This is a short list of boa facts, and frequently asked questions about boas. If you have any questions to ask, or know of a boa constrictor fact that you think should be added to the list please do contact us!
What temperature should my boa be kept at?
The correct temperatures for your particular species is species dependant. While boas from temperate climates, such as the rosy boas, need very little in the way of supplementary heat, those from the tropics, such as the Emerald Tree Boa, need a much warmer environment.
For most Boa Constrictors, including the Common Boa and Red Tailed Boa an ambient temperature (controlled by thermostat) of around 78 – 80 F should be provided at night, rising to 85 – 90 F during the day. A basking area of around 90 F at one end of the enclosure, and a cooler end will allow your boa to thermoregulate properly.
How should I measure the temperature?
A digital thermometer probe is the best way to check your temperatures. The small plastic disc thermometers, often sold by pet stores, are often unreliable. Be sure to check the basking area at the position your boa will be basking (on a log, under a heat lamp etc.) and also the ambient air temperature at both the warm and cool end of the vivarium.
What is the best way to heat my snake?
There are various types of heating available. While heat mats/pads are easy to use and suitable for some ground dwelling species (such as the Kenyan Sand Boa) they are more suited to use with RUBS or aquarium style enclosures than wooden or melamine vivariums. My preferred method of heating is a ceramic bulb which heats from above and provides a good basking spot. Ceramic and incandescent bulbs must always be properly guarded to prevent potential burns.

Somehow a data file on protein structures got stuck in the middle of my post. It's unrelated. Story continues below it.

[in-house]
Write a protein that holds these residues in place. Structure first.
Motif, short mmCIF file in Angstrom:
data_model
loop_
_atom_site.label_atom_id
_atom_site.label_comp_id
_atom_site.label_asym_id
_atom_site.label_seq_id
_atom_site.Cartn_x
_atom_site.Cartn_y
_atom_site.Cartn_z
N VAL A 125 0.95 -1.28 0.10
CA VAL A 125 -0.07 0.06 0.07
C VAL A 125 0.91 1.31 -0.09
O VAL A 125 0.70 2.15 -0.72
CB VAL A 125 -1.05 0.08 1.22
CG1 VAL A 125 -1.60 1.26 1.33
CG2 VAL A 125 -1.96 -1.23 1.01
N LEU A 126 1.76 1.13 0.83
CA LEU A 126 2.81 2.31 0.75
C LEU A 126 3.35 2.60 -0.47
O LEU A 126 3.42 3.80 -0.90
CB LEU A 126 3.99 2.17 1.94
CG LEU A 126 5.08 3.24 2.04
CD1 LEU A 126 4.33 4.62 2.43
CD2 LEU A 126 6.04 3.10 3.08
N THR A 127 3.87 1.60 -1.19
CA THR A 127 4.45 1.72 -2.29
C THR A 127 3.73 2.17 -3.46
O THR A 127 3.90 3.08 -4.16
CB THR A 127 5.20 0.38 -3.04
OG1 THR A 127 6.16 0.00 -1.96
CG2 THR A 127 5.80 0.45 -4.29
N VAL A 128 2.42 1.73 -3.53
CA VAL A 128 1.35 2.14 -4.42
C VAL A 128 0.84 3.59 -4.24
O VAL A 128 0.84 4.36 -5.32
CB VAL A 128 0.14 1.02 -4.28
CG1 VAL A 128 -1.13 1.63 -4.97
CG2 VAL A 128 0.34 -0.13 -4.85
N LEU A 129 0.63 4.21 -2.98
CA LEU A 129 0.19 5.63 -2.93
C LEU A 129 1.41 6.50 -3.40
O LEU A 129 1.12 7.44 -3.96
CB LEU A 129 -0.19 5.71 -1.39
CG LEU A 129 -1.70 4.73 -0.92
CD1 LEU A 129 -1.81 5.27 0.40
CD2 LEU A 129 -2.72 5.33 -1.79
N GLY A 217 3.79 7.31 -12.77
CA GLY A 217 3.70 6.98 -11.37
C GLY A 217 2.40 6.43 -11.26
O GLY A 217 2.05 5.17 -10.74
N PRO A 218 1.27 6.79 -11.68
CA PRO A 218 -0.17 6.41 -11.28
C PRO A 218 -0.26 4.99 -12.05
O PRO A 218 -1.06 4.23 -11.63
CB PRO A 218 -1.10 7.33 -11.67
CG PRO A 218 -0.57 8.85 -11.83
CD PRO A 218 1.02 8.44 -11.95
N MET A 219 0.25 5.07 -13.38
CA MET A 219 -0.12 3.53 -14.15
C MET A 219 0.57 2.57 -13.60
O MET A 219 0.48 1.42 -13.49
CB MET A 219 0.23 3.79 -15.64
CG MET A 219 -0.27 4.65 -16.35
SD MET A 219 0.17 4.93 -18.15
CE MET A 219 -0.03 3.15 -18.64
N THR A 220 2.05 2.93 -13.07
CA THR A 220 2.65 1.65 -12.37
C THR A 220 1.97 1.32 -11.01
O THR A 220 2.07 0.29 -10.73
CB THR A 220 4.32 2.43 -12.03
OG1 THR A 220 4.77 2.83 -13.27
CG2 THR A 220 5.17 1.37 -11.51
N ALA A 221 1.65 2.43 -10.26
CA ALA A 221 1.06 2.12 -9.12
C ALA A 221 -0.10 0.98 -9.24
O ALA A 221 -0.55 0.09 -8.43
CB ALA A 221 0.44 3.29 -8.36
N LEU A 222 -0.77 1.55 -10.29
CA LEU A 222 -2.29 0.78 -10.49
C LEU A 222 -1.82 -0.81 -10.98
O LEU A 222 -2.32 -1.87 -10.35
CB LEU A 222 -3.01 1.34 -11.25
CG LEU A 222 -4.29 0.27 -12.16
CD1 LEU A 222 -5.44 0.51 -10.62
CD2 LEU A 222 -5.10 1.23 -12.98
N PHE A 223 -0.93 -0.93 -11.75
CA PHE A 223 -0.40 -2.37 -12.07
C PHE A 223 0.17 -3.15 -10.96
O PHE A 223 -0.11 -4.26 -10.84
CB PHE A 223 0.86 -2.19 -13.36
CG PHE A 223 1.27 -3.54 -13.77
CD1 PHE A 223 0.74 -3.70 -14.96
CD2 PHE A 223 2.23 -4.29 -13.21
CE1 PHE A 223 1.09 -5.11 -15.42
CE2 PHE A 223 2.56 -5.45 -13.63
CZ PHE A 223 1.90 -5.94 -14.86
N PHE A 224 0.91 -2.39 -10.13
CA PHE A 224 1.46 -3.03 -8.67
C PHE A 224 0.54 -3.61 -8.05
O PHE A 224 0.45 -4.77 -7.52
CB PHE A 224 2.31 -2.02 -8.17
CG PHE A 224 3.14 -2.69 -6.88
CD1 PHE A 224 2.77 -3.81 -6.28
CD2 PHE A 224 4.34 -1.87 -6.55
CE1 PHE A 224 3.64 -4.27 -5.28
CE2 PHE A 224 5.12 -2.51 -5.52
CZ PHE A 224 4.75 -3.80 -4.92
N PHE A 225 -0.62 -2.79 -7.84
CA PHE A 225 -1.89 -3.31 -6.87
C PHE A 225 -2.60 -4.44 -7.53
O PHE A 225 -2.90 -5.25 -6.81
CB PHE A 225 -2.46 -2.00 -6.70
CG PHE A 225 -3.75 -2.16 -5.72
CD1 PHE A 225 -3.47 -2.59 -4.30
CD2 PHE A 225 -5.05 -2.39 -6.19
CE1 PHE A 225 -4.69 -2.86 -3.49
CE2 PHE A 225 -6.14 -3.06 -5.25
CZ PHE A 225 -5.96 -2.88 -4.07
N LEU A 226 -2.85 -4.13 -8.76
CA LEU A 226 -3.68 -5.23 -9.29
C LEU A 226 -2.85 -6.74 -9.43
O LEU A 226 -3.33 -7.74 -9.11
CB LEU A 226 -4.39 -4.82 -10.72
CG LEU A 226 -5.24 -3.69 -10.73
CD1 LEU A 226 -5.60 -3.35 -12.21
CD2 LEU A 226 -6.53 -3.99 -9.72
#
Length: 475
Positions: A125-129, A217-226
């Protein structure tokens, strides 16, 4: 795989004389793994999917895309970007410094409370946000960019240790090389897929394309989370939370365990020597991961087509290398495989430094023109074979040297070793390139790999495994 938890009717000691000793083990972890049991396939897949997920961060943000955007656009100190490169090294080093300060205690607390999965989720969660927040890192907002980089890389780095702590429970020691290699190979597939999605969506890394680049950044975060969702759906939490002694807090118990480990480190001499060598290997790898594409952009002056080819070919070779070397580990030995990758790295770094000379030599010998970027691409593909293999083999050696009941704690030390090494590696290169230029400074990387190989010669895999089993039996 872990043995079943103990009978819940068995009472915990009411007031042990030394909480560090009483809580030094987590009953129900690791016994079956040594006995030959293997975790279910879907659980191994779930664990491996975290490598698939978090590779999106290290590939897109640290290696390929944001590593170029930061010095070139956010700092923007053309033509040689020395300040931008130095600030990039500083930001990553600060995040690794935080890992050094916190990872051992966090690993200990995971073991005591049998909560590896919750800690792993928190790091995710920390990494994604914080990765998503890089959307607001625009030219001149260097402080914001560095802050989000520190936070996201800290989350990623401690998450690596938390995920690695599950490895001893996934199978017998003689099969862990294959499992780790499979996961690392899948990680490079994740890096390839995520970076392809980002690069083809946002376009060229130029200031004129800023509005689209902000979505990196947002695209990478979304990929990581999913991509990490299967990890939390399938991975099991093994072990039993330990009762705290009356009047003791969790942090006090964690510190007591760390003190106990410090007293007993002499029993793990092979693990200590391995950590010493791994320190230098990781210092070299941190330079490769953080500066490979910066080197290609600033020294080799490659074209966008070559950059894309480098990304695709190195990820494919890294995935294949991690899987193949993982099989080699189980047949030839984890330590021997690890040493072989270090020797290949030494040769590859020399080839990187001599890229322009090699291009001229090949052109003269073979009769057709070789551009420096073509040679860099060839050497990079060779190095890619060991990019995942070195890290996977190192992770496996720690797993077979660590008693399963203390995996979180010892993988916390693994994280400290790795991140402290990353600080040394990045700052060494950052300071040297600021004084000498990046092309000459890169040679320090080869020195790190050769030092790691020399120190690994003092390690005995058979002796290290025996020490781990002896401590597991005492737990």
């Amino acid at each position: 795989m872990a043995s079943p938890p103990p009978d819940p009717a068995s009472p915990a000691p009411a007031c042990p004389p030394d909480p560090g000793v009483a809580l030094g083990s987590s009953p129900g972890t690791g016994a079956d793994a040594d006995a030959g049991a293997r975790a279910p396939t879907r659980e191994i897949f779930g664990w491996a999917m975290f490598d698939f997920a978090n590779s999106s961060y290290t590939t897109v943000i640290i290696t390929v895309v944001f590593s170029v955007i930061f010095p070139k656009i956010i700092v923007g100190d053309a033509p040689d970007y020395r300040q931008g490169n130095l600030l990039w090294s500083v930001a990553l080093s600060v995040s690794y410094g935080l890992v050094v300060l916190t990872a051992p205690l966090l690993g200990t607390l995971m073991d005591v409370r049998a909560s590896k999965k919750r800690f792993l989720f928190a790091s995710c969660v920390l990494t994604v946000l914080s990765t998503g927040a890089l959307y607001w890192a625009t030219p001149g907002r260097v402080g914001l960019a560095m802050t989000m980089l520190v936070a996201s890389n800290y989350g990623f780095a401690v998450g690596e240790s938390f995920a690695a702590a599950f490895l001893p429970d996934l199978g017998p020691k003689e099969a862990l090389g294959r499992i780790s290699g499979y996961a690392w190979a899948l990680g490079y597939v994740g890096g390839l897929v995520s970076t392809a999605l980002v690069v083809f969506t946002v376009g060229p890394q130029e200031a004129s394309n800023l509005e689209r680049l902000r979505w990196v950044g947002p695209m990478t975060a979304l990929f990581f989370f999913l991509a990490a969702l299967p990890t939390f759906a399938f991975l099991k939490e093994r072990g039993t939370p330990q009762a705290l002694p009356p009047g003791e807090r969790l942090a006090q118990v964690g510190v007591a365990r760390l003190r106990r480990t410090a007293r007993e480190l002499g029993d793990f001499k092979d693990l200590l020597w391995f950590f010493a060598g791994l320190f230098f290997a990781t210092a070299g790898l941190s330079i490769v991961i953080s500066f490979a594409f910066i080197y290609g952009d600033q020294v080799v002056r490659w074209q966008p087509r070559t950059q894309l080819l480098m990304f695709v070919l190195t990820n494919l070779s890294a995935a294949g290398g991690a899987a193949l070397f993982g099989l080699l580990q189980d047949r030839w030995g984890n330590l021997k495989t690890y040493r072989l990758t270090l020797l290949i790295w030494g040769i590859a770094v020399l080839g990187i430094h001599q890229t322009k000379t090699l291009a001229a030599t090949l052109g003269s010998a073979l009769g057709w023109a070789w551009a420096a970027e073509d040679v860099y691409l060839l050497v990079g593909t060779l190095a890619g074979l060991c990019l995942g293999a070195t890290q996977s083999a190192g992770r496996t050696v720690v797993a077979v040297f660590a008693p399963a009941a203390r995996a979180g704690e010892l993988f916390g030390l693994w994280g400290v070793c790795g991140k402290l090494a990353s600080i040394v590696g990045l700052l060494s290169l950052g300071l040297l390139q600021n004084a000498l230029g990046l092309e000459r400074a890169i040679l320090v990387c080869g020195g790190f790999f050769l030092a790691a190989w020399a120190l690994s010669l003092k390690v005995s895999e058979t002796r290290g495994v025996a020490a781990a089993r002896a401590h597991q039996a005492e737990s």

What wattage bulb should I use?
This will depend on the size of your vivarium, what material it is made from (malamine holds the heat much better than glass!) and what type of boa you are keeping. As a general guide, a 100 watt bulb will heat a 4′ vivarium. Be sure to use a thermostat and check your temperatures carefully.
What should I keep the humidity level at?
Humidity is also species dependant. Boas from arid climates, such as the Kenyan Sand Boa, like a very dry enclosure but with access to a damp hide. Those from tropical rainforest, such as the Emerald Tree Boa, need high humidity, around 65 – 80 % and are very susceptable to dehydration.
For most boa constrictors, aim for a humidity of around 50 – 60 % and check with a hygrometer. All boas will require slightly higher humidity when they shed so when you see the signs (when the skin goes slightly cloudy) it is advisable to spray the enclosure with water. Providing a water bowl large enough for your boa to soak in will also allow them to regular their own humidity levels and many will choose to soak when they are about to shed.
What kind of enclosure should I have?
Another common question to which there is no single correct answer. Different styles of enclosure will be better to suited to different species of boa, and different owners. Arboreal tree boas will want a taller cage with lots of branches to climb on. Sand boas can do very well in a relatively small aquarium.